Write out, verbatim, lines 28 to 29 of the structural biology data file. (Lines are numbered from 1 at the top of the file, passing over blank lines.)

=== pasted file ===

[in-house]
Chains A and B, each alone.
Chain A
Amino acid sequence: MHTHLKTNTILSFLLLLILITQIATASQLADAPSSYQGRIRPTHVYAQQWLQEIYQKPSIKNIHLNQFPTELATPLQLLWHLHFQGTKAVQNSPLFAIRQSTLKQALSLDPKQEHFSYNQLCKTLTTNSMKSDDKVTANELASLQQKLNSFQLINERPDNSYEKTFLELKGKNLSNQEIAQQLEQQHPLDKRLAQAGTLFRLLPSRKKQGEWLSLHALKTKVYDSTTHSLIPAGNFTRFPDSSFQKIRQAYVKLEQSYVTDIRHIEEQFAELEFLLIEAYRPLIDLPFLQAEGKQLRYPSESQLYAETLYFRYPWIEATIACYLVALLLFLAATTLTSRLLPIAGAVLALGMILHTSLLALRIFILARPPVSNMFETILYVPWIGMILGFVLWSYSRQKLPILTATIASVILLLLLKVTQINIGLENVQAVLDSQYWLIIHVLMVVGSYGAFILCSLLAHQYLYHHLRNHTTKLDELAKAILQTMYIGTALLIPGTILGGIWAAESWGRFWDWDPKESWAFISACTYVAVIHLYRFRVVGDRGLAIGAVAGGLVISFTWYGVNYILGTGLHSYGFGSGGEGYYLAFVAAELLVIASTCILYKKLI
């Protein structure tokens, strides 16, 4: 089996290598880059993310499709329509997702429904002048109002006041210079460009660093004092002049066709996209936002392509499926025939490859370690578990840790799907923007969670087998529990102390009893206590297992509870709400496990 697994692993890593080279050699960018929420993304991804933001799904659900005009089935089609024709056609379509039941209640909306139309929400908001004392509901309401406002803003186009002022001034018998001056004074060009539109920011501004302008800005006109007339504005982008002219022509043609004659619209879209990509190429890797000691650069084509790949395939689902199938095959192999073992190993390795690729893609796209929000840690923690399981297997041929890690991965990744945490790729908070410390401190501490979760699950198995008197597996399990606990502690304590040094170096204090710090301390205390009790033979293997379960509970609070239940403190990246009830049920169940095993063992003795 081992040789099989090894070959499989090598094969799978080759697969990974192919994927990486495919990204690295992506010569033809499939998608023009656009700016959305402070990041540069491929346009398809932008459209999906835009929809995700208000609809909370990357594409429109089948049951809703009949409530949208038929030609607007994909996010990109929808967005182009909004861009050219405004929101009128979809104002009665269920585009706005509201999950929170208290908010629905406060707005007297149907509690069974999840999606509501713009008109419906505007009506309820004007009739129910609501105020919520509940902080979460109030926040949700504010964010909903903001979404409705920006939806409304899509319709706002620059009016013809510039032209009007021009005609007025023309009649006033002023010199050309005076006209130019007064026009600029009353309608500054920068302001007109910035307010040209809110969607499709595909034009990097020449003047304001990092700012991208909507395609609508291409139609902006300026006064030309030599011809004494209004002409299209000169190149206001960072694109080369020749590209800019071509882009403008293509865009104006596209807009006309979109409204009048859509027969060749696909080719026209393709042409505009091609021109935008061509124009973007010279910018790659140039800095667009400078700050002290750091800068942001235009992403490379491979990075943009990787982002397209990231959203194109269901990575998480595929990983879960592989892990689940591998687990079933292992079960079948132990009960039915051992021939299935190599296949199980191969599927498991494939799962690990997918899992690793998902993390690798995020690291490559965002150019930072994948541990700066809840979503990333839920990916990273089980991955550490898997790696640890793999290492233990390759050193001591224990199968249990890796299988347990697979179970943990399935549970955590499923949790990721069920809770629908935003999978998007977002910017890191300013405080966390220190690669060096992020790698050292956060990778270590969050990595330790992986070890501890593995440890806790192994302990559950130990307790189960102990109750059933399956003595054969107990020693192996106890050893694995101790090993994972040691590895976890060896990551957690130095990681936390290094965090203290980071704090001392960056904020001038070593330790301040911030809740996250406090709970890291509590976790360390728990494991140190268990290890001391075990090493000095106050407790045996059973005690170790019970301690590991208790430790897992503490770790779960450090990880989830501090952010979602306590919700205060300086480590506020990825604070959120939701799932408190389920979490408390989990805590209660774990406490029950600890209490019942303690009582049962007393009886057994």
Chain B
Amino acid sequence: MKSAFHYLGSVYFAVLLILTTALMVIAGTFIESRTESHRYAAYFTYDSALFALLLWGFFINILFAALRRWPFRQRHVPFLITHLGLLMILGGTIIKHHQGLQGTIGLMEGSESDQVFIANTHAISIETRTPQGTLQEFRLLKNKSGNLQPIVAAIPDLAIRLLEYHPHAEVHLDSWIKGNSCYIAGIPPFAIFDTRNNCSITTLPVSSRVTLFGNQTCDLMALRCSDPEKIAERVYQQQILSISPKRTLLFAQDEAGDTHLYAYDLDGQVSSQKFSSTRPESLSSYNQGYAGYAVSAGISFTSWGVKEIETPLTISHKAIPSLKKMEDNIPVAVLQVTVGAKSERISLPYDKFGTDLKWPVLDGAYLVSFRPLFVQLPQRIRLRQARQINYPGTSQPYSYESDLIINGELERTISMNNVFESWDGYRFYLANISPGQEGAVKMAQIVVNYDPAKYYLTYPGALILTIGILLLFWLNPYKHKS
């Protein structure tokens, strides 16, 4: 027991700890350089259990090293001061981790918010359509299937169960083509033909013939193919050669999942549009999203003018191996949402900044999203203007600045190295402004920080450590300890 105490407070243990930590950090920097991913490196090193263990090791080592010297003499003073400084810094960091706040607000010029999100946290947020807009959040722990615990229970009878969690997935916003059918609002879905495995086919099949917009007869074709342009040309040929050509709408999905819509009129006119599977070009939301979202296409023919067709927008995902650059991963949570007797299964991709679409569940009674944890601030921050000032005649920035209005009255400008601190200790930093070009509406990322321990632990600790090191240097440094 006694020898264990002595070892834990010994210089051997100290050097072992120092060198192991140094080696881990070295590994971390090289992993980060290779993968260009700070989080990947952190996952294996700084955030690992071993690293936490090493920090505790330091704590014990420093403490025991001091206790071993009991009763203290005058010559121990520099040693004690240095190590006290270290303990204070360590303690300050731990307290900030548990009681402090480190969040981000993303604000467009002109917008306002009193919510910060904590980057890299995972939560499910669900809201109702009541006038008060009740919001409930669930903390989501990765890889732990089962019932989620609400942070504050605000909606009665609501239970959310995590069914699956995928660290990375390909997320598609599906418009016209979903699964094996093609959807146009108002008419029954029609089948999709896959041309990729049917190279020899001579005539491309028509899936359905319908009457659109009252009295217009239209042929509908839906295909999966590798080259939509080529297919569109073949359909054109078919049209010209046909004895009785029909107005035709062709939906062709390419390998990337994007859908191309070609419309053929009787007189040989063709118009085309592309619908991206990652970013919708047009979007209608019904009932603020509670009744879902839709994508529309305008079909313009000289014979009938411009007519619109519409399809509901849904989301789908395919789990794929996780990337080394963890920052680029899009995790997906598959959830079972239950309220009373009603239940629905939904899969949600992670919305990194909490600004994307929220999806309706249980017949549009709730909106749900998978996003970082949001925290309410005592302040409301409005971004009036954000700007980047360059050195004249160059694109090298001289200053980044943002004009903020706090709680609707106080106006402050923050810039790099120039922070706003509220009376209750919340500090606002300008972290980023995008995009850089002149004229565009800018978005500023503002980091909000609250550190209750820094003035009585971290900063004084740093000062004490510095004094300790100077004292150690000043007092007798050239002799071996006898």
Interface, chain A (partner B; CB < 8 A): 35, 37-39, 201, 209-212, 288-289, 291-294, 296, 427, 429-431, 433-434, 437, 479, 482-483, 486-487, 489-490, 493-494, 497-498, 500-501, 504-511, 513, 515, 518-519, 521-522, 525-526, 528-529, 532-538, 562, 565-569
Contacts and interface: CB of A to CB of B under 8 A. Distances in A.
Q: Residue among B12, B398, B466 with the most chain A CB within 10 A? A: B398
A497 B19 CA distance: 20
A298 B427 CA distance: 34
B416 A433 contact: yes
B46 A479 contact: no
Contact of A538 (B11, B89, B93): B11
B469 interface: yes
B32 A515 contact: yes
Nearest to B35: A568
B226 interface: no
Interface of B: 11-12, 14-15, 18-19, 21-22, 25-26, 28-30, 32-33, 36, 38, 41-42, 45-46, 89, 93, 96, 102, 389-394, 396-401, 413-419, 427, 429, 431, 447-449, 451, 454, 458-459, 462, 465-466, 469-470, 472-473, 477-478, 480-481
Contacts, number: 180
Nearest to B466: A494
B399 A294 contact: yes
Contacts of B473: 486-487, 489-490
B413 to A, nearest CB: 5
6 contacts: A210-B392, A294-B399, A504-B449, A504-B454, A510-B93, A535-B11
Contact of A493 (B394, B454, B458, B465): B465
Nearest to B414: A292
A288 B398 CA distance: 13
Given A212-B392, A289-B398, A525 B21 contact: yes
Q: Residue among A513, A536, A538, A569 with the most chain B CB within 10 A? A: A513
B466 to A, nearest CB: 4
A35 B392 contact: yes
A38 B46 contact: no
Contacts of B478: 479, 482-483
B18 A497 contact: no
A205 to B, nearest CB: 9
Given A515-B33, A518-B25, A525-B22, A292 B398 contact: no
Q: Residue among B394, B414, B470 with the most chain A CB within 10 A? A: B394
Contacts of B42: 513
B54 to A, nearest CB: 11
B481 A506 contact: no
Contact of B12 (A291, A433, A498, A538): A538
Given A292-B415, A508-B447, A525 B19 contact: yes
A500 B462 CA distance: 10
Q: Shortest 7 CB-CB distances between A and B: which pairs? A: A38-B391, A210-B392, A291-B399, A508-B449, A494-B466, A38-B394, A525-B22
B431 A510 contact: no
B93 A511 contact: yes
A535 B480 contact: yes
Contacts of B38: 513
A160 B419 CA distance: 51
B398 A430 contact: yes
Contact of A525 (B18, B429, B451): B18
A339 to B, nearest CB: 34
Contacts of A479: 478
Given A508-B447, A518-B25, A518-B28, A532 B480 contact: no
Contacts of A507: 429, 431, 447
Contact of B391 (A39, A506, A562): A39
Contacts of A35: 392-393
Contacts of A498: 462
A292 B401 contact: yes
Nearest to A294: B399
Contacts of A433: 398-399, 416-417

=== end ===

Contact of A493 (B394, B454, B458, B465): B465
Nearest to B414: A292